By Isabel Togoh
The cost of public services is being increasingly shifted onto individuals as government funding on health and social care pushes out spending on other key services, a think tank has warned.
Cuts to legal aid and the introduction of charges for waste collection are some of the instances of councils and central government getting people to pay directly for services where they can.
The Performance Tracker report said legal aid slashes have led to more defendants now having to pay for their own defence or defend themselves, “adding to judges frustrations”.
Earlier this year it was revealed that local councils made £74m through charges for garden waste collection.
The Local Government Association defended charging decisions, saying authorities faced a £5bn shortfall from central government.
Published by the Institute for Government and the Chartered Institute of Public Affairs, analysis found that social care spending by local councils was also crowding out spending on libraries and trading standards.
It warned that decreased spending on such services “creates obvious potential for public resentment”.
According to the report, local council spending on services outside social care dropped from 55% in 2010/11, to 46% this year.
On a national level, spending on health and moves to reduce the budget deficit came at a cost to other services.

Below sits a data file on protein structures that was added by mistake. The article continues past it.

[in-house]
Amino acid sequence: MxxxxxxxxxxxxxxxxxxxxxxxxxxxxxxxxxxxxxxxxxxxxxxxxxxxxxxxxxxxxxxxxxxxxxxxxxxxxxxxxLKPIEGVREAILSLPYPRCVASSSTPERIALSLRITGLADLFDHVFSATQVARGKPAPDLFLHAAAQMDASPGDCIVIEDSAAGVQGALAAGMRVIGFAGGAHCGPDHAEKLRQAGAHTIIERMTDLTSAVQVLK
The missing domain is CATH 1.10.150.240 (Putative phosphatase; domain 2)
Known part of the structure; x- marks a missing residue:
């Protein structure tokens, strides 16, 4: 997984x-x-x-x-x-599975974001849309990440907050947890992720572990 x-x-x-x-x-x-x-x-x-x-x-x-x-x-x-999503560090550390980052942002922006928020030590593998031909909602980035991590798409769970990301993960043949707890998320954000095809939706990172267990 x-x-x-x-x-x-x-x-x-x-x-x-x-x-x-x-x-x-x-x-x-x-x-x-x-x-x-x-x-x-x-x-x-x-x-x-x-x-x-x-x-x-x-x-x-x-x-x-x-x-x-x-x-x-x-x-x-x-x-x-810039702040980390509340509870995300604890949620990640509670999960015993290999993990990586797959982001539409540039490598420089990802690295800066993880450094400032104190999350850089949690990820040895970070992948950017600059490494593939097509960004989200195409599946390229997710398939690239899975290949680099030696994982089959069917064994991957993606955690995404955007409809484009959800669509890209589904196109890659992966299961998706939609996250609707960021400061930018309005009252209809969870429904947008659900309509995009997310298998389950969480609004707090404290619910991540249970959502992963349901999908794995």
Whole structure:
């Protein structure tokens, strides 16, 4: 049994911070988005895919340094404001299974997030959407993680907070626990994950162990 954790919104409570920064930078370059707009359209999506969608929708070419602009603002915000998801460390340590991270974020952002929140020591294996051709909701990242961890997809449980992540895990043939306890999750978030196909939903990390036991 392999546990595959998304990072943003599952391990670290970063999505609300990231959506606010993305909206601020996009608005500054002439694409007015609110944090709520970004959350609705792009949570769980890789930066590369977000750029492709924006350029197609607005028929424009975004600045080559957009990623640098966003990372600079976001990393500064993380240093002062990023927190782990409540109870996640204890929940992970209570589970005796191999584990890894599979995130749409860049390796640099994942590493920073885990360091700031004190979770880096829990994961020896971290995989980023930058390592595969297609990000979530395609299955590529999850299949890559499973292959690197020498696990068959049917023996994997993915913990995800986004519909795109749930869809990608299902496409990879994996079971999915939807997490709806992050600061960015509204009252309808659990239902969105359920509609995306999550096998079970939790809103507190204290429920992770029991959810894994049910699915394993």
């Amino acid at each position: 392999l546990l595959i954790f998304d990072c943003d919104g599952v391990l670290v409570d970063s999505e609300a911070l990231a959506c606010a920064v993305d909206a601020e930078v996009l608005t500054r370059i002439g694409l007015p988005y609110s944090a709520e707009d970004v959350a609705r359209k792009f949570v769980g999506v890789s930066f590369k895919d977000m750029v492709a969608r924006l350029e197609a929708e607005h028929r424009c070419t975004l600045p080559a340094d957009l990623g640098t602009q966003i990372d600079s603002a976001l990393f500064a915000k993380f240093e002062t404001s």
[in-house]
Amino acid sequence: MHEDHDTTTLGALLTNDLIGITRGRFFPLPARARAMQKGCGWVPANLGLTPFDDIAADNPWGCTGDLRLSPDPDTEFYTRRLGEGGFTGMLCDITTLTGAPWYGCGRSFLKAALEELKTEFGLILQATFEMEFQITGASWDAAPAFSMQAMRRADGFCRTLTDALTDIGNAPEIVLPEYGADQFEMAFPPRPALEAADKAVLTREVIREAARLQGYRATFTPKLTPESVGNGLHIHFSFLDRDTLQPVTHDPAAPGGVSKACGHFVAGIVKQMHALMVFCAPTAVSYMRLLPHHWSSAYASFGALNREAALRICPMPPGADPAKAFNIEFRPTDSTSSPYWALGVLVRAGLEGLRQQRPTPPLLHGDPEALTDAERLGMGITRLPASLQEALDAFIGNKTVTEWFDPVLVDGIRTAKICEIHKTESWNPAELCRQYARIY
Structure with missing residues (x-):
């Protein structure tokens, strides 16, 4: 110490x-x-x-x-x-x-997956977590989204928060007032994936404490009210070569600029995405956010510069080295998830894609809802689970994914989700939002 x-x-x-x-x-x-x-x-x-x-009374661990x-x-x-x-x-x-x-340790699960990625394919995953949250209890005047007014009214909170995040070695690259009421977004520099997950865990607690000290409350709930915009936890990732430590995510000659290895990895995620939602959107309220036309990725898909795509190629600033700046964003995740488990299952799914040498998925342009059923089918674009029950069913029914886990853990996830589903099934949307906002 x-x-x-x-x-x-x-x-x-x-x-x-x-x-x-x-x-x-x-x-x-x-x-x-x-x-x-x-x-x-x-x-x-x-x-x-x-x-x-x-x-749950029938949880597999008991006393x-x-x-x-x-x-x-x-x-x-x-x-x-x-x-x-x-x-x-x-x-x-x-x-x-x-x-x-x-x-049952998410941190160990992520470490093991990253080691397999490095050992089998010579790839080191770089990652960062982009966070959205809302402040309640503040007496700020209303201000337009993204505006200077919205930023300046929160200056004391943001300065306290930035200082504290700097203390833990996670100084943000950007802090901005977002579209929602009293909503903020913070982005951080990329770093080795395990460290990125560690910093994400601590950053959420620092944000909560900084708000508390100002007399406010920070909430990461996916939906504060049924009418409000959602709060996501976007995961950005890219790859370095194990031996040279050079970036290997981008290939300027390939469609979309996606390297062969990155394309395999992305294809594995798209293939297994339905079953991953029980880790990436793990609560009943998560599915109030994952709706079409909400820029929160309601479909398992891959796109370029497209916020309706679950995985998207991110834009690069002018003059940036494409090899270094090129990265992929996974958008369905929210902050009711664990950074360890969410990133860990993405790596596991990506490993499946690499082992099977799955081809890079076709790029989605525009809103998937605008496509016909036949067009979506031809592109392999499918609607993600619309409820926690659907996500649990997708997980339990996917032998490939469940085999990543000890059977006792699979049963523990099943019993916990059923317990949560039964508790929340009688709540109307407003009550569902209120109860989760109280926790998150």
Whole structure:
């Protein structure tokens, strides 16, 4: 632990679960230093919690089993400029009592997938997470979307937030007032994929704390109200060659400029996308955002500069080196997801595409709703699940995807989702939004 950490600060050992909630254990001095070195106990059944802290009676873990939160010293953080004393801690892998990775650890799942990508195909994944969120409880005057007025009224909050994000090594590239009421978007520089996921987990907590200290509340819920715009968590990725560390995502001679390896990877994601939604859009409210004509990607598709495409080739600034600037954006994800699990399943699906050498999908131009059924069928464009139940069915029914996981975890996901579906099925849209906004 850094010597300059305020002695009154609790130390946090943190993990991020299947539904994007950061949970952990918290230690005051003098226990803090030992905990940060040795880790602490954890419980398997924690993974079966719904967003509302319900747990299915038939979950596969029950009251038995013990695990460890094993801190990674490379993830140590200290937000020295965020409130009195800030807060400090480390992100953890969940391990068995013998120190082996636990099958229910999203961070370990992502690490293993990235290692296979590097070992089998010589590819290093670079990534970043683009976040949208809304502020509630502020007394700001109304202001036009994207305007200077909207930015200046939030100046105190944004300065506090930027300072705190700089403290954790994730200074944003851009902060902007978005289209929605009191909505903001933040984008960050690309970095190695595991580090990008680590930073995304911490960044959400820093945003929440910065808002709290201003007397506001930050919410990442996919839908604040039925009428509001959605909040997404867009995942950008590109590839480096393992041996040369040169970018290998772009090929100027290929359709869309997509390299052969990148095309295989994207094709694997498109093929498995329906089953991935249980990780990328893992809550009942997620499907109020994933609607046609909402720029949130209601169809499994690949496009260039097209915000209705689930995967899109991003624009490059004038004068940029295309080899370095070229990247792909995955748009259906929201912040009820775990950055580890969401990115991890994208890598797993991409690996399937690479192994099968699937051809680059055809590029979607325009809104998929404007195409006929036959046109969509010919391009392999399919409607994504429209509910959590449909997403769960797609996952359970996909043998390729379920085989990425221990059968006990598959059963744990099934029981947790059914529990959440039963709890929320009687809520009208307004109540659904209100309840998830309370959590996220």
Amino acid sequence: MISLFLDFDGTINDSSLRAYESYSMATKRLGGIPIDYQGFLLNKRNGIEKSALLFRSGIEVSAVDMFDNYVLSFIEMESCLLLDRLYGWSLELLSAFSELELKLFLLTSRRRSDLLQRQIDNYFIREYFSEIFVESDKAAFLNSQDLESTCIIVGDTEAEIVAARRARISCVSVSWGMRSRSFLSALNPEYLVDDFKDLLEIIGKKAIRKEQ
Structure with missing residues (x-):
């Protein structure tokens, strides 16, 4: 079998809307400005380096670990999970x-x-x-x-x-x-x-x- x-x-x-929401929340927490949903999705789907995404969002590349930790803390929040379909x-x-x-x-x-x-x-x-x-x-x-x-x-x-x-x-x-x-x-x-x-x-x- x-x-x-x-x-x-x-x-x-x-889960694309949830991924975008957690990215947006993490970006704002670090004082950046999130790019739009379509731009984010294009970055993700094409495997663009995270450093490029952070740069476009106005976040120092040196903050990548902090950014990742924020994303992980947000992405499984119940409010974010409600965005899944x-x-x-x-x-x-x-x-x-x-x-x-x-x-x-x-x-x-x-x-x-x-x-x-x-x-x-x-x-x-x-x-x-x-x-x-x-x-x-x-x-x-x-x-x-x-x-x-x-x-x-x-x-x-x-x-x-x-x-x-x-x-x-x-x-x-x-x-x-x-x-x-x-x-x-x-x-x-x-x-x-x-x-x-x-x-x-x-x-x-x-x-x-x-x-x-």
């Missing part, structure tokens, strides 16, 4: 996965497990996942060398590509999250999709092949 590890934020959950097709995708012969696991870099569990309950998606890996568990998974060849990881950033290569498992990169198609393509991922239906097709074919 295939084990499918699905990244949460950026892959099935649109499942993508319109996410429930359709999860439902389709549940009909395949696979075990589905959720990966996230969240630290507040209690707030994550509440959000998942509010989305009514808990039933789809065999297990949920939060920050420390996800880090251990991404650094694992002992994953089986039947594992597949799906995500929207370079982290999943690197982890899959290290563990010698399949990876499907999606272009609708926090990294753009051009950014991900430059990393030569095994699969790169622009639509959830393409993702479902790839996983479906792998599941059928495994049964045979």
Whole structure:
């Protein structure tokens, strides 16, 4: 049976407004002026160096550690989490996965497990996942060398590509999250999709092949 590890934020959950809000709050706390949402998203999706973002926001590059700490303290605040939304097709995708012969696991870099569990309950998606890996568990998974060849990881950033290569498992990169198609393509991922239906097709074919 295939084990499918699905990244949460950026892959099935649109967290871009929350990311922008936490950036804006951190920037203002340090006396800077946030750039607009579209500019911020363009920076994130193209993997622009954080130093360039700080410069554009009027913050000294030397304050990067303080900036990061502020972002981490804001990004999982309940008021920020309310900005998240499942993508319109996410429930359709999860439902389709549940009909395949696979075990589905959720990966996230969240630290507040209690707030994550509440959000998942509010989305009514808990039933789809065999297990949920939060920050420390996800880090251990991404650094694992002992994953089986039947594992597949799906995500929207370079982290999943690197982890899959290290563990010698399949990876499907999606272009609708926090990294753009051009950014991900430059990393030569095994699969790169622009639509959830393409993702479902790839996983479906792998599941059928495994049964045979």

The analysis into public sector cost and efficiency expressed concern that spending trade-offs made by the government have not been made clear to the public due to gaps in recording data.
It called for “tough decisions” to be made on the future of public services including whether to increase taxes, make radical changes to services or lower expectations.
It added that the government should focus more on the performance of services, not just their cost, as the report raised particular concerns about the output of prisons, adult social care and neighbourhood services.
Dr Emily Andrews, associate director at the Institute for Government, said: “Public services are more efficient than they were eight years ago. But those savings haven’t been enough to bring the widening gap between spending and demand for many services.
“One way the government has tried to save money and avoid the need for tax increases is by asking members of the public to contribute more in other ways – from volunteers running libraries to people paying a greater share of the cost of defending themselves in court.”
Gemma Tetlow, chief economist at the institute, called on Theresa May and Chancellor Phillip Hammond to “start making explicit the realities facing the country about what public services cost and how that money can be raised”.
“They need to begin telling people clearly that they face a national choice,” she added.